Power Over Ethernet

Safety and Performance Requirements

09 March 2021

Power over Ethernet (PoE), which uses a twisted-pair Ethernet cable to deliver both electric power and data to devices simultaneously, is poised to see growth in the coming years. By the middle of the decade, expectations are for PoE to grow at a compound annual growth rate of 16 percent.1 PoE technology must adhere to IEEE 802.3bt™, approved in September of 2018. The standard allows higher power delivery and enables new uses such as video conferencing, IP security cameras and call systems. To take advantage of the growth of PoE, manufacturers must keep several requirements and testing options in mind.

There are several standards in the industry that apply to PoE cabling.

  • System Standardization: Proper support of powering applications can be reached through several standards that align with IEEE 802.3bt™. The new ANSI/TIA-568.2-D-2, published in August 2020, aligns with the DC resistance parameters found in the standard and ISO/IEC 11801-1, published in November 2017, harmonizes with the standard as well.
  • Cable Standardization: Cable guidance includes TIA-TSB-184-A that has now been incorporated in ANSI/TIA-568.2-D-2. It aims to minimize the temperature rise in groups or bundles of cables that support DC power delivery and includes guidance and recommendations for the installation and management of twisted-pair copper cables. Additionally, UL 444 and the National Electrical Code (NFPA 70) have been updated to include cable heating tests for "-LP" marking. The IEC committee further published the ISO/IEC TS 29125 specification, which sets forth limits and recommendations to assure cable heating remains within acceptable boundaries.
  • Connectivity: Connecting hardware reliability to support remote powering can be assessed using two standards. IEC 60512-99-002 addresses contact resistance, voltage proof and insulation resistance after being engaged and separated under electrical load and accelerated aging.  UL 3992A focuses on modular cords, looking at the cable and the connectors that are used to manufacture modular cords.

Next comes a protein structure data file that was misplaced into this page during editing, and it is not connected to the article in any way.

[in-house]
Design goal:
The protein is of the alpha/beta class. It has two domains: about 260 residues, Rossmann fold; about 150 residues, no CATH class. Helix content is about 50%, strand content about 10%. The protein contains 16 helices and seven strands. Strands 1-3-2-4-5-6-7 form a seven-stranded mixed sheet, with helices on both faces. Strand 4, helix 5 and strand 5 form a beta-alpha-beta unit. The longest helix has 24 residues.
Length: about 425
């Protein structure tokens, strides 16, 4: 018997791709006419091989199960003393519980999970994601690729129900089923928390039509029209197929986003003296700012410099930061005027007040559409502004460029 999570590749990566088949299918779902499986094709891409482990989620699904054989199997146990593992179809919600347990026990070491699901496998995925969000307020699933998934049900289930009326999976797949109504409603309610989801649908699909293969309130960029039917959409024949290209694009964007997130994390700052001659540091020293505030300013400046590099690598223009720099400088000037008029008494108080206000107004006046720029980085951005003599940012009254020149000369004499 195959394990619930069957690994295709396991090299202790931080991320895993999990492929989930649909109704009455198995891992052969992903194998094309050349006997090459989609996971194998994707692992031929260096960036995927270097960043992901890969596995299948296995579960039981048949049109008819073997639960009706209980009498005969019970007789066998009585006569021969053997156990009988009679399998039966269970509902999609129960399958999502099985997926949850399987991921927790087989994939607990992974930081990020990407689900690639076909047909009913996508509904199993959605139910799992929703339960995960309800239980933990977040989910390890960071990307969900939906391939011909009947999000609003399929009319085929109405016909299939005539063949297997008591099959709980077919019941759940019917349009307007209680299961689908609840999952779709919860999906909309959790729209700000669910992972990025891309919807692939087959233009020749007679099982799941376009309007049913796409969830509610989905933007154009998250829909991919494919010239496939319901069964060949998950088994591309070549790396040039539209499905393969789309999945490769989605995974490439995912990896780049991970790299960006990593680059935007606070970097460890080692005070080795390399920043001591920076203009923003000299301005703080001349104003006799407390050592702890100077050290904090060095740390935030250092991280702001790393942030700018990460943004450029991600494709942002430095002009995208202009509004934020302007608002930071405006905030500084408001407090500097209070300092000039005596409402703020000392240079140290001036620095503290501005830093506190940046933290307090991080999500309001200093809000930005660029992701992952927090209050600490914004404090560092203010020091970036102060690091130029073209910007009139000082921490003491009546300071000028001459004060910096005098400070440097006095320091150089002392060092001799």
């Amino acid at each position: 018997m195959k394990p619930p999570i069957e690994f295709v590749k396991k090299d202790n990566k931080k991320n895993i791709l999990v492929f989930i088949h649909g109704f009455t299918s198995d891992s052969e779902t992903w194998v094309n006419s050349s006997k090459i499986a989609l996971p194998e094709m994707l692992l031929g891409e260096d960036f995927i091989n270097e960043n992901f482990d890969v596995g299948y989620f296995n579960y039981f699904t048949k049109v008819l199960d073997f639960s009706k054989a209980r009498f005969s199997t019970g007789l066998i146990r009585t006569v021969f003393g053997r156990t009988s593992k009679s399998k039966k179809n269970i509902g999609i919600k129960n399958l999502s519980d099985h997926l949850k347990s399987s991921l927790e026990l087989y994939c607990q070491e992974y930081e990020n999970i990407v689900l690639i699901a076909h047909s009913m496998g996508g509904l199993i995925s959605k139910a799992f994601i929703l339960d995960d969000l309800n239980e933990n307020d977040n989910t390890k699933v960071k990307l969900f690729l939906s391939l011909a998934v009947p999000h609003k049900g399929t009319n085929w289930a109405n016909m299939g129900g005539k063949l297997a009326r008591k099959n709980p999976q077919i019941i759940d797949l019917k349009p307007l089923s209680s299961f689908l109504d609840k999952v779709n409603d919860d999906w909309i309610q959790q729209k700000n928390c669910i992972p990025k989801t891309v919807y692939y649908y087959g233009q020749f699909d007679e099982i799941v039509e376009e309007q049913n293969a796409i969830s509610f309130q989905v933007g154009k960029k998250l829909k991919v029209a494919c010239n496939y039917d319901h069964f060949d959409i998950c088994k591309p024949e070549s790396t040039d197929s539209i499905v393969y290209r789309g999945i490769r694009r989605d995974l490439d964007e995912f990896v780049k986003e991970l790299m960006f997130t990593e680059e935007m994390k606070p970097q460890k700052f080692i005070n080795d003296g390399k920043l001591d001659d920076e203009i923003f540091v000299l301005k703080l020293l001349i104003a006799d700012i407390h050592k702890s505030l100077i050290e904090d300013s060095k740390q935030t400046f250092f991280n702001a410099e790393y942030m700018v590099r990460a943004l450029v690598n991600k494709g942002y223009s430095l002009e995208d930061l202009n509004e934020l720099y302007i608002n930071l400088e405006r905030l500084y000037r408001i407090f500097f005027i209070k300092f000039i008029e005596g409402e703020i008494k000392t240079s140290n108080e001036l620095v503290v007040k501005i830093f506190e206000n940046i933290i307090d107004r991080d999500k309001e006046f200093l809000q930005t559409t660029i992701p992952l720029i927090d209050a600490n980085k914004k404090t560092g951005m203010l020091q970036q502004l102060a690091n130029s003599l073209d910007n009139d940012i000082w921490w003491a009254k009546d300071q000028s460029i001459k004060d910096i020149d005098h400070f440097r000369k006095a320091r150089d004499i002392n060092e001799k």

There are also several electrical product tests that can be beneficial for cable and wiring products integrating PoE technology:

  • Electromagnetic compatibility (EMC) testing: To ensure cables and components adhere to international standards regarding EMC to ensure they both do not interfere with other electrical products and are not impacted by other products in the area.
  • Chemical and environmental: Assessments to assure compliance to regulations such as Restriction of Hazardous Substances (RoHS), Registration, Evaluation, Authorization and Restriction of Chemicals (REACH), or California Prop 65.
  • Benchmarking and other performance testing: Voluntary evaluations that can assess fire, flammability, shock, vibration, failure mode verification, accelerated stress testing, and other considerations.  The information can be used to assess one product or make comparisons to competitor products.
  • Quality assurance: Checks to ensure systems, supply chains, good manufacturing process and staff training.

Preparing for PoE growth by assessing products to required standards can help ensure product success in an emerging area. It is important to know the requirements of IEEE 802.3bt™ and prepare accordingly.  Additional assessments can ensure product success with safety and performance in mind. A trusted partner can be a valuable tool in helping to know and understand industry requirements and standards and to ensure that new products comply with these requirements. It is also best to stay informed of updates and trends within the industry to help bring your products to market. Learn more about PoE products and our solutions in our complimentary fact sheet.

Source

 

Antoine Pelletier,
Project Engineer

 

Antoine Pelletier is a project engineer specializing in ICT Equipment – Wire & Cable.  In this role he works with clients on their assurance, testing, inspection and certification needs.  He holds five US patents, is a member of the TIA TR-42 committee and holds a bachelor's degree in electrical engineering from École de Technologie Supérieure in Montréal.